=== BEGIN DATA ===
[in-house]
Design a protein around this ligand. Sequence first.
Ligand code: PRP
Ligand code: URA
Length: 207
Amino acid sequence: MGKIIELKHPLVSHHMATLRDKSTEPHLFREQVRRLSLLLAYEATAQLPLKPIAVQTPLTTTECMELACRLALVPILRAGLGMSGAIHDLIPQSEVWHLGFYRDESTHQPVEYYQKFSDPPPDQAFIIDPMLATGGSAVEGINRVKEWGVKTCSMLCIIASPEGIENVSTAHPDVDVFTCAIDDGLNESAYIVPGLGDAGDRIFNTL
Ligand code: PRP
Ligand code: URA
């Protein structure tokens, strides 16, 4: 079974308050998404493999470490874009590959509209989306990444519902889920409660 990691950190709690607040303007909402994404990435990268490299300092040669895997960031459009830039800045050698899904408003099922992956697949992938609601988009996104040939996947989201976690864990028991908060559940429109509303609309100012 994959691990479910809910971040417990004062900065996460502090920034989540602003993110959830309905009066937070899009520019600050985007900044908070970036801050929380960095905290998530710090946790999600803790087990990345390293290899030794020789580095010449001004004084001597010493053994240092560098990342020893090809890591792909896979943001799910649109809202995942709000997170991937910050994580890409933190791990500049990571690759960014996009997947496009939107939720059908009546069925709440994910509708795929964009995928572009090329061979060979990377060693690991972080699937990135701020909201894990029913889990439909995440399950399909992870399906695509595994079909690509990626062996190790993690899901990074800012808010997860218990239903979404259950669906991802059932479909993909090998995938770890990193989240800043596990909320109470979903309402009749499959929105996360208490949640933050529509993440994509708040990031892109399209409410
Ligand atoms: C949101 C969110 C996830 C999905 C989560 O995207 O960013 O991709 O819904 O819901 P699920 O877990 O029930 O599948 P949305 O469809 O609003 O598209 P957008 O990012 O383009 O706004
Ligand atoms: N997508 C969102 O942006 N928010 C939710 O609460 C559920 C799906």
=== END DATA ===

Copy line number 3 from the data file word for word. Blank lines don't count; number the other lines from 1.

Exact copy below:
Ligand code: PRP